ANCHORAGE, Alaska - Alaska used to be home to a previously unknown and "highly carnivorous" subspecies of ice age wolf with jaws so powerful it could snap a mammoth's thigh bone in two.
Isolated from other wolves by a southern ice sheet, the "Eastern Beringia wolves" that roamed central Alaska more than 12,000 years ago were genetically different from any wolves that exist today, a Smithsonian-led team of scientists has discovered.
When the bison, musk ox, mammoth and other super-size mammals they preyed upon either disappeared locally or went entirely extinct as the ice age ended, all of the wolves in Alaska died off too, leaving no modern descendants.
So says a study due to be published today in Current Biology that provides new insights about modern wolves, which now appear to have arrived in Alaska much later than previously believed. It also shows how highly specialized mammals might be particularly threatened by climate change.
For the past 10 years, the research team has measured the skulls and examined the DNA of wolf remains that lay buried for millennia in permafrost near Fairbanks until Gold Rush-era miners dug them up. That such fossils aren't related to modern wolves "was quite a surprise," lead researcher Jennifer Leonard says.
Also surprising were skull and tooth comparisons between the ancient Alaska carnivores and other ice age wolves that lived in California in the late-Pleistocene epoch and resembled the northern gray wolves of today.
The carnassials (the big side teeth that wolves use for sheering meat and bone) were significantly larger in the Alaska specimens, which also had a wider head that provided more room for jaw muscles.
"It had evolved to have a stronger bite," Leonard said, speaking by telephone from Stockholm, Sweden, where she now teaches at Uppsala University.
The tale of the teeth
The teeth of the Eastern Beringia wolves (so-named because they populated the broad Bering Land Bridge that once joined Siberia to Alaska) also were more cracked and broken, indicating that such wolves were habitual bone-breakers.
"We think they were probably eating their prey more completely by doing a lot more bone-cracking," Leonard said. "If you're really hungry, it's worth cracking the bones to eat the marrow."
The tooth wear could also indicate that such wolves preferred to chew on very large animals, whether they hunted them down themselves or found the remains left by other carnivores, including such contemporaries as the now-extinct North American lions, saber-tooth tigers and short-faced bears of ice age days.
Included in that diet were musk ox, horse, caribou and bison, Leonard said.
"And they probably ate some mammoth. ... They probably weren't preying on adult mammoth, but they could have been preying on juveniles. They were opportunistic. They would definitely eat a dead-anything they came across."
But when their preferred prey began to die off about 12,500 years ago - due to a warming climate, the new pressure of human hunters or some other reason not yet known - the Alaska wolves began to quickly decline. Of the 56 specimens the team studied, only one died more recently than 12,000 years ago, according to carbon- and nitrogen-isotope dating techniques.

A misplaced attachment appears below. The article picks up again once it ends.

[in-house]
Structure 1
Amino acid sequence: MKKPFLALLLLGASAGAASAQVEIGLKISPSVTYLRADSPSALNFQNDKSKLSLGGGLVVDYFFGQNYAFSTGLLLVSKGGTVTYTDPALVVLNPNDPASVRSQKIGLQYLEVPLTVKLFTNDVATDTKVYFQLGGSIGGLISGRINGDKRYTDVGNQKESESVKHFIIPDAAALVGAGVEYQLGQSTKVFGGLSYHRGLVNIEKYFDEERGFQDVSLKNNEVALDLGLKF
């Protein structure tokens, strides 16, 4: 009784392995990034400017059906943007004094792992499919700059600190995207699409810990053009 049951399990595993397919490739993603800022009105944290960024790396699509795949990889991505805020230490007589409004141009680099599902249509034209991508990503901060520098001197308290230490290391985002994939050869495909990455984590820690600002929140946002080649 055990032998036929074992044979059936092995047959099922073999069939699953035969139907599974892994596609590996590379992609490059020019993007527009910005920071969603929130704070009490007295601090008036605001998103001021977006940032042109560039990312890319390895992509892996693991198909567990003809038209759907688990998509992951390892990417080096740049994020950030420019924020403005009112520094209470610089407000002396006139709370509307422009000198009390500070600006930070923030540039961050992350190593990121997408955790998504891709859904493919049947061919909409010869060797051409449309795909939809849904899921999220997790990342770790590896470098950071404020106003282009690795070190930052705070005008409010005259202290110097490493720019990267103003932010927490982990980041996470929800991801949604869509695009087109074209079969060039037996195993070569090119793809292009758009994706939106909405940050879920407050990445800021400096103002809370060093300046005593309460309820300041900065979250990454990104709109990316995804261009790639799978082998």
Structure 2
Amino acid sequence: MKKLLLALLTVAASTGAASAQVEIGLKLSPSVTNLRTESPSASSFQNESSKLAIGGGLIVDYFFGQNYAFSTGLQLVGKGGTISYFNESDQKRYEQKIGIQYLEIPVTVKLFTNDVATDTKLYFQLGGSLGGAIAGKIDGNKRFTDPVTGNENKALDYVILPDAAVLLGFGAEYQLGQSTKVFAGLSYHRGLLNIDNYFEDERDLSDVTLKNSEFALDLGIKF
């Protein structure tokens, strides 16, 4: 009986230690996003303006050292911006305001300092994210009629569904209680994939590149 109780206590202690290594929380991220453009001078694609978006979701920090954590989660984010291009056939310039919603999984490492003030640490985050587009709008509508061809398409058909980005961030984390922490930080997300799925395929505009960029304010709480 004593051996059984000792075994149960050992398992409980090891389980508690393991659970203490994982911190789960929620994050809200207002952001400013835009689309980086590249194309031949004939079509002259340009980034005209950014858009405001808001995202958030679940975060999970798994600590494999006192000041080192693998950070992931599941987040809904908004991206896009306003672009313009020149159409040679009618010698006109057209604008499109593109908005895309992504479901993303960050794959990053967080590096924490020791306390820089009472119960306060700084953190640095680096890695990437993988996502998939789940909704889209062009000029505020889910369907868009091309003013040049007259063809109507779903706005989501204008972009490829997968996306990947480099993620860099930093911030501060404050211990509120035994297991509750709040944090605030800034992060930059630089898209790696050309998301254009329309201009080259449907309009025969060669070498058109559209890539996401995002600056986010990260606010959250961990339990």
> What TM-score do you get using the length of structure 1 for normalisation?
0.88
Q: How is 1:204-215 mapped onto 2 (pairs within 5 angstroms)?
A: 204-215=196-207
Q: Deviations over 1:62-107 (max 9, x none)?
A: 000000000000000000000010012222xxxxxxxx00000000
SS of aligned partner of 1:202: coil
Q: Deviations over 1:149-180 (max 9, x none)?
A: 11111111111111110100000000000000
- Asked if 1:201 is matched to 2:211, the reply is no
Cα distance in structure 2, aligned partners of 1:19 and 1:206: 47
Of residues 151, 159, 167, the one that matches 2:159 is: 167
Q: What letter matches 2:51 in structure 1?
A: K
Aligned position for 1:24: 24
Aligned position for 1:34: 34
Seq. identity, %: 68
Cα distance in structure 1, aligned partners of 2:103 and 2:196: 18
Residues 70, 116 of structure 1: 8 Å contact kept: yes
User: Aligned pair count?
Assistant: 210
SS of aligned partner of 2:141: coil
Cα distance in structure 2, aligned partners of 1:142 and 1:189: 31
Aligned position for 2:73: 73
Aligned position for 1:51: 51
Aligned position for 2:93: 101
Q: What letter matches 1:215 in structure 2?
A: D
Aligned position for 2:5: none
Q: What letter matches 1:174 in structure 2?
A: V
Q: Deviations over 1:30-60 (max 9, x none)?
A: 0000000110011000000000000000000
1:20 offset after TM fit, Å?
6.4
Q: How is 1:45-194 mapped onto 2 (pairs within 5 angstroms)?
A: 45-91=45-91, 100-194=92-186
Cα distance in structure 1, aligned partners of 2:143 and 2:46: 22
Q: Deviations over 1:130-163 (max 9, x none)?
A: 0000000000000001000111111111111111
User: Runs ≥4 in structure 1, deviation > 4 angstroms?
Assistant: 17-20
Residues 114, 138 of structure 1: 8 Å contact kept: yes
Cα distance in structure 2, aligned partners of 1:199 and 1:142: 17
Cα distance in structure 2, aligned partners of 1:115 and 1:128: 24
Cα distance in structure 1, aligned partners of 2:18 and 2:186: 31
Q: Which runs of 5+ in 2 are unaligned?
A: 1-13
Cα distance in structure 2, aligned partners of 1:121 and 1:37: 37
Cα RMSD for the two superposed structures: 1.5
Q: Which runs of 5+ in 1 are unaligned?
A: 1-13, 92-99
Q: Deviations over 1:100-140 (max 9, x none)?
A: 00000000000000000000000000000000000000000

"It was a really lonely animal," Leonard said.
Surprise follows 100-year wait
None of the wolf specimens were dug up recently. Nearly all were found in the early 1900s by gold miners probing the permanently frozen soil around Fairbanks.
The fossils were soon acquired by the American Museum of Natural History in New York City, whose scientists identified them as wolf bones dating back to the late-Pleistocene (the end of a 1.8 million-year period of serial glaciations that culminated about 10,000 years ago), then placed in drawers.
Over the next century they barely stirred - until 10 years ago, when Leonard, then a graduate biology student at UCLA, decided to check out the wolf bones as part of her doctoral thesis on evolutionary changes in vertebrate populations. After earning her degree, she continued her wolf research as an associate with the Smithsonian Genetics Program in Washington, D.C.
There, Leonard and other researchers measured and dated an ever-growing assortment of ancient Alaska wolf bones. They extracted mitochondrial DNA from the samples and compared the genetic sequences with those of modern wolves around the world.
There was no overlap. All of the genetic signatures of the ancient wolves differed from the modern ones. That wasn't the team's expectation.
"We thought possibly they would be related to Asian wolves instead of American wolves - because North America and Asia were connected during that time period," Leonard said in a Smithsonian Institution press release announcing the discovery. "That they were completely unrelated to anything living was quite a surprise."
Grim implications for polar bears
Previously, biologists assumed that the wolves that populated Alaska during the last ice age survived the end-Pleistocene extinction intact. The Smithsonian research (joined by other scientists at UCLA, Uppsala and the University of California at Santa Cruz) shows they didn't.
Instead, Alaska must have been wolfless for a while, until descendants of distant cousins that survived the ice age in southern latitudes eventually recolonized the north.
The discovery might also shed light on how highly specialized mammals, such as polar bears - now threatened by melting sea ice - can die off when they no longer find the kinds of food their bodies were designed to harvest.
For the ice age wolves of Alaska, the fatal subtraction might have been the horses and super-sized caribou that eventually disappeared from the north. For today's polar bears, it might be the all-important ringed seals, lost to retreating ice floes.
"That's a good example," Leonard said. "The polar bear is clearly a very specialized bear."